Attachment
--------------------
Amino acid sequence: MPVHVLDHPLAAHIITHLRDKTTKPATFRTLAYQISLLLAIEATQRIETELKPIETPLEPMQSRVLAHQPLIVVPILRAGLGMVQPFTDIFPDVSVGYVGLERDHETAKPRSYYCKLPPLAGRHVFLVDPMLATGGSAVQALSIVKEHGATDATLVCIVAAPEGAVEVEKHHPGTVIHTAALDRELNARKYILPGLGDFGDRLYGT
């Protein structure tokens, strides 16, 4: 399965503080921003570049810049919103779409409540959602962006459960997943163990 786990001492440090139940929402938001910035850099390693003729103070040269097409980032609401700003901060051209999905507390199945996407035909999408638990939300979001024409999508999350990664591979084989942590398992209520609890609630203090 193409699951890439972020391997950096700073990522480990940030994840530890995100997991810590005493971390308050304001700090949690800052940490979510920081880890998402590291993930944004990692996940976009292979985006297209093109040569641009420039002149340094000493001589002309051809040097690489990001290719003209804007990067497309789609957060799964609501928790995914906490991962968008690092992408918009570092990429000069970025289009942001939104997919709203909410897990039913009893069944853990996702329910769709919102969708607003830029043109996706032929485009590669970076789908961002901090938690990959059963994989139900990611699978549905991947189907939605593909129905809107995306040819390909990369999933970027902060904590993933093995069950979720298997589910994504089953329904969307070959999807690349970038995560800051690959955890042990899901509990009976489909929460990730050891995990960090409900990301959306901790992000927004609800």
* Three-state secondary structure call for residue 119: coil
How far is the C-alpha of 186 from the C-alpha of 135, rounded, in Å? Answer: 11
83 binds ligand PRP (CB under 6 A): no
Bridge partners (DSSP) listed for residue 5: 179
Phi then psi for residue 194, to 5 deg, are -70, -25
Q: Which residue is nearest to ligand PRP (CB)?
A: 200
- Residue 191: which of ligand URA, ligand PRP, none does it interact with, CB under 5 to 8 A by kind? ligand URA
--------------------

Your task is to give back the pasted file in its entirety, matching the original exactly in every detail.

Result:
Amino acid sequence: MPVHVLDHPLAAHIITHLRDKTTKPATFRTLAYQISLLLAIEATQRIETELKPIETPLEPMQSRVLAHQPLIVVPILRAGLGMVQPFTDIFPDVSVGYVGLERDHETAKPRSYYCKLPPLAGRHVFLVDPMLATGGSAVQALSIVKEHGATDATLVCIVAAPEGAVEVEKHHPGTVIHTAALDRELNARKYILPGLGDFGDRLYGT
């Protein structure tokens, strides 16, 4: 399965503080921003570049810049919103779409409540959602962006459960997943163990 786990001492440090139940929402938001910035850099390693003729103070040269097409980032609401700003901060051209999905507390199945996407035909999408638990939300979001024409999508999350990664591979084989942590398992209520609890609630203090 193409699951890439972020391997950096700073990522480990940030994840530890995100997991810590005493971390308050304001700090949690800052940490979510920081880890998402590291993930944004990692996940976009292979985006297209093109040569641009420039002149340094000493001589002309051809040097690489990001290719003209804007990067497309789609957060799964609501928790995914906490991962968008690092992408918009570092990429000069970025289009942001939104997919709203909410897990039913009893069944853990996702329910769709919102969708607003830029043109996706032929485009590669970076789908961002901090938690990959059963994989139900990611699978549905991947189907939605593909129905809107995306040819390909990369999933970027902060904590993933093995069950979720298997589910994504089953329904969307070959999807690349970038995560800051690959955890042990899901509990009976489909929460990730050891995990960090409900990301959306901790992000927004609800």
* Three-state secondary structure call for residue 119: coil
How far is the C-alpha of 186 from the C-alpha of 135, rounded, in Å? Answer: 11
83 binds ligand PRP (CB under 6 A): no
Bridge partners (DSSP) listed for residue 5: 179
Phi then psi for residue 194, to 5 deg, are -70, -25
Q: Which residue is nearest to ligand PRP (CB)?
A: 200
- Residue 191: which of ligand URA, ligand PRP, none does it interact with, CB under 5 to 8 A by kind? ligand URA